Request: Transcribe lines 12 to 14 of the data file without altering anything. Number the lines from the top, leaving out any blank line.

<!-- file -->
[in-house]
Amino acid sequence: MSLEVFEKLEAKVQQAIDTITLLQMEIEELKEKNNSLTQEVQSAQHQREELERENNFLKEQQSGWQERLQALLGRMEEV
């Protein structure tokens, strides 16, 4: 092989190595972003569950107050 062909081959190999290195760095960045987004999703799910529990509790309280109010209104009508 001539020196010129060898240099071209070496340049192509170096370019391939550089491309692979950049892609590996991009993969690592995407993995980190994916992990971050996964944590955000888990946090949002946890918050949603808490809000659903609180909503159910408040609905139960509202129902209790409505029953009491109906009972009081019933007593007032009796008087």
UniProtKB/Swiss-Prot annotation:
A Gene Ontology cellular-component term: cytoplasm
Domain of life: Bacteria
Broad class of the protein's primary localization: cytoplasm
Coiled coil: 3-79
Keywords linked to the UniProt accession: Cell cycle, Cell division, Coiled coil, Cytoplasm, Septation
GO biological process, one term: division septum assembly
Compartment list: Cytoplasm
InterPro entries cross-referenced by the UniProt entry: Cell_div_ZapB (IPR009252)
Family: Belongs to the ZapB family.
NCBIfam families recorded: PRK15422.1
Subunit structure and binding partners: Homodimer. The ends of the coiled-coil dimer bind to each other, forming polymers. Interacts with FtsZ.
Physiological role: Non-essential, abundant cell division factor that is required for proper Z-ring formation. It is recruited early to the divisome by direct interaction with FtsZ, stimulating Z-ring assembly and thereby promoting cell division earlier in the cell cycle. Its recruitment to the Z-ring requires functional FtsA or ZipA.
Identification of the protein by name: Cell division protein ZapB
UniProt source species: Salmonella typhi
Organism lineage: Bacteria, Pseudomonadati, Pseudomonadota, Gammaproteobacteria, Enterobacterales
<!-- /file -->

InterPro entries cross-referenced by the UniProt entry: Cell_div_ZapB (IPR009252)
Family: Belongs to the ZapB family.
NCBIfam families recorded: PRK15422.1